WASHINGTON—The American Fuel & Petrochemical Manufacturers said it was disappointed that the U.S. Supreme Court declined to hear AFPM's appeal of an “E15” case.
In August 2012, the U.S. Court of Appeals for the District of Columbia Circuit rejected the association's challenge to the U.S. Environmental Protection Agency's approval of the sale of gasoline containing 15 percent or more ethanol.
AFPM, along with its co-plaintiffs International Liquid Terminals Association and Western States Petroleum Association, did not have standing to oppose the E15 standard because they did not demonstrate a direct injury from E15 sales, the appeals court ruled.
AFPM continues to assert that EPA overstepped its authority under the Clean Air Act when it granted partial waivers to allow the use of E15 in certain engines, including vehicles model year 2001 and newer,” said AFPM President Charles L. Dravna.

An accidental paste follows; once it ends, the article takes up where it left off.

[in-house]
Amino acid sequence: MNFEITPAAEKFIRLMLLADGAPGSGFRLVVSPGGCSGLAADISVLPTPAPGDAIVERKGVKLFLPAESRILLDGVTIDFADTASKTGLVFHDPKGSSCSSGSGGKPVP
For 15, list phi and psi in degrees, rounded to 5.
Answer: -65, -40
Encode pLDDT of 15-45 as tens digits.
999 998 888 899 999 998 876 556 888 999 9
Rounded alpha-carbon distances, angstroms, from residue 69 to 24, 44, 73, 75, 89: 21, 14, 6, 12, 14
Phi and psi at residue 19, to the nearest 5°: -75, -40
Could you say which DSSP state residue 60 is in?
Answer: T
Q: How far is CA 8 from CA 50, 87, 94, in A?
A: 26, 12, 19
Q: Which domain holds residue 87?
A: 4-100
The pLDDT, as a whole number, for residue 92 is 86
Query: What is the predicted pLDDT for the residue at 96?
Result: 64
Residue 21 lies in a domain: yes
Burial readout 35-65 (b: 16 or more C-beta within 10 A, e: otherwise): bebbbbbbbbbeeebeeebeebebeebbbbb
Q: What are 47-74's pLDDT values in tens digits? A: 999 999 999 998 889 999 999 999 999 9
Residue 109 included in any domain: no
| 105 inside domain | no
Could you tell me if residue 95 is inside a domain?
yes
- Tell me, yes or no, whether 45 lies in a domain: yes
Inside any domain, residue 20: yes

“Objective tests have shown that E15 may cause engine damage in vehicles and therefore should not be an approved fuel under the Clean Air Act that can be sold in the general gasoline supply,” Dravna said.
Although not a party to the lawsuit, the Specialty Equipment Market Association supported the AFPM action and also was unhappy with the Supreme Court's June 24 decision not to grant an appeal.
“Today's decision denying standing for industries challenging the E15 rule is disappointing for the millions of motorists who own older cars or those with high-performance specialty parts,” said Steve McDonald, SEMA vice president-government affairs.
“These vehicles and parts are threatened with destruction by E15's chemical properties,” McDonald said. “The EPA acknowledged the threat but, beyond minimal labeling requirements, took no additional steps to ensure that incompatible vehicles and engines were not misfueled with E15.”
In SEMA's June 27 eNews, the association called for legislation to repeal the EPA's E15 mandate.
SEMA-approved legislation to effectively ban E15 has passed the House Science Committee, but has not been acted on in the Senate, SEMA said.